(director/writer: Joel Coen; screenwriter: Ethan Coen; cinematographer: Roger Deakins; editor: Ethan & Joel Coen; music: Carter Burwell; cast: Frances McDormand (Marge Gunderson), Steve Buscemi (Carl Showalter), Peter Stormare (Gaear Grimsrud), William Macy (Jerry Lundegaard), Harve Presnell (Wade Gustafson), Kristen Rudrud (Jean Lundegaard), John Carroll Lynch (Norm Gunderson), Steve Park (Mike Yanagita), Steven Reevis (Shep Proudfoot), Larry Brandenburg (Stan Grossman), Bain Boehlke (Mr. Mohra), James Gaulke (State Trooper); Runtime: 97; MPAA Rating: R; producers: Eric Fellner/Tim Bevan/Ethan Coen/John Cameron; Gramercy Pictures; 1996)

“One of the more entertaining films of the 1990s.”

Reviewed by Dennis Schwartz

Thanks a bundle Coen brothers (“Blood Simple”/”Raising Arizona”) for this iconoclastic black comedy and crime drama that surprisingly respects its genre despite being almost surreal! It’s one of the more entertaining films of the 1990s. It’s set in Fargo and mostly in Minnesota (Minneapolis is the hometown of the Coen brothers), in the dead of winter. It tells of a botched kidnapping that will involve multiple murders. The Brothers have a field day poking fun at the Midwestern rubes but by the film’s end seem to warmly embrace them and their corny values. Frances McDormand won an Oscar for Best Actress and Ethan Coen one for Best Original Screenplay.

It opens with this written claim: “This is a true story. The events depicted in this film took place in Minnesota in 1987.” It closes with this written disclaimer: “At the request of the survivors, the names have been changed. Out of respect for the dead, the rest has been told exactly as it occurred.” But it’s hard to take this as a real-life story, especially the way the Brothers treat their subjects.

Jerry Lundegaard (William Macy) is a financially overextended Minneapolis car salesman, who gets his Indian ex-con mechanic (Steven Reevis) to give him the name of a criminal to contact. In a Fargo bar Jerry meets as arranged his low-life contacts, Carl (Steve Buscemi) and Gaear (Peter Stormare), whom he gives a dealer’s unregistered new car to and has them kidnap his wife Jean (Kristen Rudrud) so he can extract an $80,000 ransom for her from his overbearing father-in-law Wade Gustafson (Harve Presnell). Jerry can’t convince Wade to lend him money for a sweet land deal and sees this bizarre kidnapping scheme as a solution to his money and pride problems, as he plans on splitting the ransom with the kidnappers. He naturally wants this to be a non-violent kidnapping, with no harm intended to his wife. But things don’t work out as planned when at night on a dark road in folk legend Paul Bunyan’s snowy rural hometown of Brainerd, Minnesota, a state trooper stops the kidnapper’s car for not having tags and is executed by the hulking silent assassin Gaear, who then executes two in a car passing by. The unwholesome duo then hustle off the wife to a hideaway lakeside cabin in northern Minnesota. The local police chief, the pregnant Marge Gunderson (Frances McDormand), a slow-talking homespun gal with a level head on her shoulders and a way of talking folksy (using lingo such as “You betcha,” “Okie-Dokie,” “Yah!” and “Be there in a jif”), investigates.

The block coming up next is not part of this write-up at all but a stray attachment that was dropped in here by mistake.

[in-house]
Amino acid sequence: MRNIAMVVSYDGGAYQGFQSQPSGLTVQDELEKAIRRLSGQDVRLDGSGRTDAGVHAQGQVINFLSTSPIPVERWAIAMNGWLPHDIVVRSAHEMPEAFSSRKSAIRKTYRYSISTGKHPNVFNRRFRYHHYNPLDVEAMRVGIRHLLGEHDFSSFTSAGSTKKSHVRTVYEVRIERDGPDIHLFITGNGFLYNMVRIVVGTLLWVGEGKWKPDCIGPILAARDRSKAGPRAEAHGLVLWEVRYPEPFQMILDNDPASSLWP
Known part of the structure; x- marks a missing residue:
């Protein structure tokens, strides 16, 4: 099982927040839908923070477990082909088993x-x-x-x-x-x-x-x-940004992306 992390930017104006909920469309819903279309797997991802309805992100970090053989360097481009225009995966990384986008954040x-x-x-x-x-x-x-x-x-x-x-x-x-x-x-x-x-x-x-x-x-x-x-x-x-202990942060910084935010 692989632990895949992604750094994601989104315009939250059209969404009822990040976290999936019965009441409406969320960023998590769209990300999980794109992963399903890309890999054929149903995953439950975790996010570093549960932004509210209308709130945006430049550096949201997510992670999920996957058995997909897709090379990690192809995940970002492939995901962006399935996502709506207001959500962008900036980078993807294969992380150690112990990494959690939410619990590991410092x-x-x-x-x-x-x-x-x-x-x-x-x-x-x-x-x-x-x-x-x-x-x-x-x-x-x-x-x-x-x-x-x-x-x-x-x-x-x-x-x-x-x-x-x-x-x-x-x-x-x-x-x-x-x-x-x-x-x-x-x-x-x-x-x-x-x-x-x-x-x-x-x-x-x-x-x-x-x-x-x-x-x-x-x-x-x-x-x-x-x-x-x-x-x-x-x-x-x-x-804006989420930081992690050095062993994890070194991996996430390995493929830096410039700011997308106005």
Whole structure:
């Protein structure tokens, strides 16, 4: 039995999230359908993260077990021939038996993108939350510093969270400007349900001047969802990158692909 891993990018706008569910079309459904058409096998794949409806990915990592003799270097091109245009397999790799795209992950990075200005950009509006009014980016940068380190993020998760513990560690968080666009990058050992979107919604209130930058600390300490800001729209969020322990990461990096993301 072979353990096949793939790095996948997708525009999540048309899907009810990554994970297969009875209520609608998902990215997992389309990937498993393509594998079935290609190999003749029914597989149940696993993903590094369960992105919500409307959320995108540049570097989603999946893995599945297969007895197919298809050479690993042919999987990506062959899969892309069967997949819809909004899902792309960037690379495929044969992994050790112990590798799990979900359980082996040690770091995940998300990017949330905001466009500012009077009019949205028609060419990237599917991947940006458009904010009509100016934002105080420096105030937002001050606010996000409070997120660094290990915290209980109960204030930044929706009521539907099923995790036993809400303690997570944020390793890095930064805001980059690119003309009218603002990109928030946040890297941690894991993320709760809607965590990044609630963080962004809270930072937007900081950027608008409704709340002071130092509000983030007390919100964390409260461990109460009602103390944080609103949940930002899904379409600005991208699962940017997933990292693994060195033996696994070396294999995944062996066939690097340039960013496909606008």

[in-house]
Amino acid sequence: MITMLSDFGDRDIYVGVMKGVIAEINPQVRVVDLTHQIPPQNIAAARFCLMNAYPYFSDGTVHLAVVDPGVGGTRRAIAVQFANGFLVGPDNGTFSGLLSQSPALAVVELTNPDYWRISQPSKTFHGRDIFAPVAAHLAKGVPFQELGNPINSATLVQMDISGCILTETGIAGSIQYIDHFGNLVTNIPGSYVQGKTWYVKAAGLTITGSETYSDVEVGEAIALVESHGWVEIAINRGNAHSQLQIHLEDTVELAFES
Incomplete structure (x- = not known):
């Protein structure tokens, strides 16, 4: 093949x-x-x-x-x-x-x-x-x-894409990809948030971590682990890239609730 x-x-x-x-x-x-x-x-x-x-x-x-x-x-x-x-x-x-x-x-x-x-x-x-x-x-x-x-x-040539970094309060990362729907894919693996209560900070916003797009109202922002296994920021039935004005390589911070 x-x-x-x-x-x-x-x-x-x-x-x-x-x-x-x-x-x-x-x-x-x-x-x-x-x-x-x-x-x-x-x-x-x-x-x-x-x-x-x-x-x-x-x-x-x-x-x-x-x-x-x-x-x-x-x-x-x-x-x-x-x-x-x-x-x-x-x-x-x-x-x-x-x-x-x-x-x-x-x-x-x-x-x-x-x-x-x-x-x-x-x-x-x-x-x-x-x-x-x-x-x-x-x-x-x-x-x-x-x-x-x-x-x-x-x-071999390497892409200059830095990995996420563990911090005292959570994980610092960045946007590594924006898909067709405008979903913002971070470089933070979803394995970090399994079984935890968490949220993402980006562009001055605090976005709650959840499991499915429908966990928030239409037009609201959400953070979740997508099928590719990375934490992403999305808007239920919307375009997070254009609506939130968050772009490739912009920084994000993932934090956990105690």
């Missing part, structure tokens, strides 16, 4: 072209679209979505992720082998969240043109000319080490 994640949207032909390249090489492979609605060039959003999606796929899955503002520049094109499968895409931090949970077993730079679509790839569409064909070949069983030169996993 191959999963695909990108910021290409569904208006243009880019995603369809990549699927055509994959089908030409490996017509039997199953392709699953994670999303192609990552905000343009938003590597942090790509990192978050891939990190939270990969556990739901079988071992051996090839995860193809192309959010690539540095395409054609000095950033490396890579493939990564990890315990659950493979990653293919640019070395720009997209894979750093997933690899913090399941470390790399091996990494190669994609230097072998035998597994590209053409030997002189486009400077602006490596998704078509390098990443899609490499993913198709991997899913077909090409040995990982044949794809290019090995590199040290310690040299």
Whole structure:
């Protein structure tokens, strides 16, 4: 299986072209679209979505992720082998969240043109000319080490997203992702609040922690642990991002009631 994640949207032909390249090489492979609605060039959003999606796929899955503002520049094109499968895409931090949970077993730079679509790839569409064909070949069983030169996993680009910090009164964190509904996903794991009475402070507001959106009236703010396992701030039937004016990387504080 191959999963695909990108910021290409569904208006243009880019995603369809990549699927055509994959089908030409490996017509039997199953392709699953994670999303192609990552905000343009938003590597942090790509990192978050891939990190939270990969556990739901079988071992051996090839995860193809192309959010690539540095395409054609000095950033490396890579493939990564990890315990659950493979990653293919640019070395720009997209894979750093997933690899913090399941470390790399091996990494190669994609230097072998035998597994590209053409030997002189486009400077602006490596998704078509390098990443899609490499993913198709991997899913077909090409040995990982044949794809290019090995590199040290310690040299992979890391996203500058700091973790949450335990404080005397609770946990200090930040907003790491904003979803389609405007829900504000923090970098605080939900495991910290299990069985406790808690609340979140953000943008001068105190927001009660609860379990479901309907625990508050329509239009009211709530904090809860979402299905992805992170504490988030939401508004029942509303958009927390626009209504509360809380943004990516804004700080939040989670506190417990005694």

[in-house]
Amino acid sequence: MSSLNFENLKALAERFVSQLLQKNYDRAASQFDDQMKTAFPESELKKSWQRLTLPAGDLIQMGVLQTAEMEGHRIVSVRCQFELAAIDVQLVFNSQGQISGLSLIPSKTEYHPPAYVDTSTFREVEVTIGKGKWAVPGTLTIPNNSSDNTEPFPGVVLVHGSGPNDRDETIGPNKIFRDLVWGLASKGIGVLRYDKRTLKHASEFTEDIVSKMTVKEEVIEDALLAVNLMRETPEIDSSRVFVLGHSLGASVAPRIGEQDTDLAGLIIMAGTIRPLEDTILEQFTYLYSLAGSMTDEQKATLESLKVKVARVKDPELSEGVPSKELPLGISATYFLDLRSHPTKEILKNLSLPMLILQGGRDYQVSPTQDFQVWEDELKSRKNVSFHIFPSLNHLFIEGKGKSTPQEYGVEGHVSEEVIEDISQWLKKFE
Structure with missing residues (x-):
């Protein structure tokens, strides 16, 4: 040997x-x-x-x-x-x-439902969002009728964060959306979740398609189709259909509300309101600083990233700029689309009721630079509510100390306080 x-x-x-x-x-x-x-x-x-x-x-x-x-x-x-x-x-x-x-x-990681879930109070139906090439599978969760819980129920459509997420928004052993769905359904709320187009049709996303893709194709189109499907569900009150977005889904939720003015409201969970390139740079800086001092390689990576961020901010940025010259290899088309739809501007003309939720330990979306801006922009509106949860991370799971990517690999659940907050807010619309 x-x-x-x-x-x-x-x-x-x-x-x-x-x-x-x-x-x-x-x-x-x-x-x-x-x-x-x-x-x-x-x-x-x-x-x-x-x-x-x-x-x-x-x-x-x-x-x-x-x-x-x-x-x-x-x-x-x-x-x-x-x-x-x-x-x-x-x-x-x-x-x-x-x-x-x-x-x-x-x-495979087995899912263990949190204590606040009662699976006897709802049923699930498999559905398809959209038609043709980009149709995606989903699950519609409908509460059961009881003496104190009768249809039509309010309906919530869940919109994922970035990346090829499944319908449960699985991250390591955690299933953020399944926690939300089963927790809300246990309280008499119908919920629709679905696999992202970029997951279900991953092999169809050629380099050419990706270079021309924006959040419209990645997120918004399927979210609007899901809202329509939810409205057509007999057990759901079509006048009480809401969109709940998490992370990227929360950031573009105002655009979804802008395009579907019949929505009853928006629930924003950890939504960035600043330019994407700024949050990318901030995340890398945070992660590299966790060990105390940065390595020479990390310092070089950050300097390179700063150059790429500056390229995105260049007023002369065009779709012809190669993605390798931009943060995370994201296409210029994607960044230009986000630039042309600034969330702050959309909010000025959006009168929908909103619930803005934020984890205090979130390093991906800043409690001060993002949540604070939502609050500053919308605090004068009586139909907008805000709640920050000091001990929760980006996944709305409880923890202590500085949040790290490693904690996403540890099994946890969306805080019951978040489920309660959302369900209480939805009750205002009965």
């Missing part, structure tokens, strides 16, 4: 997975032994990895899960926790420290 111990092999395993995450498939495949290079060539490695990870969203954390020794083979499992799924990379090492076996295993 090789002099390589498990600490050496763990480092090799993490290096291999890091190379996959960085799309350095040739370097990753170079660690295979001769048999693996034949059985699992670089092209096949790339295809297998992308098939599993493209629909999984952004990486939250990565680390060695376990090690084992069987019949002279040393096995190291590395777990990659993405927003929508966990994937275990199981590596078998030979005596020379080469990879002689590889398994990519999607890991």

When the kidnapping goes awry it sets off a series of increasingly violent acts in motion, as things get uglier and out of control; one is left both feeling shocked by the ongoing violence and amused at the absurd humor that flows as easily as the blood that’s spilled.

The acting is pitch perfect by all concerned (especially by Macy and McDormand), playing characters that are imaginatively portrayed as cartoon caricatures but giving them feeling so that the viewer can relate to their pains and situation. Throughout all the suspense, Marge and her mallard painter hubby (John Carroll Lynch) are viewed as a genuinely homey couple who mean well and are smarter than they might appear to those who are more urbane. There’s heavy doses of violence, dead-pan drop-dead humor, and horror to mix with a keen sense of an underhanded social commentary (dangers of fast food addiction, TV addiction and insatiable cravings for money and material goods). The Coen brothers know the territory they are crossing, and their populist banal heroine proves, in a serious aside, to be someone decent who has the right thinking about what’s important in life.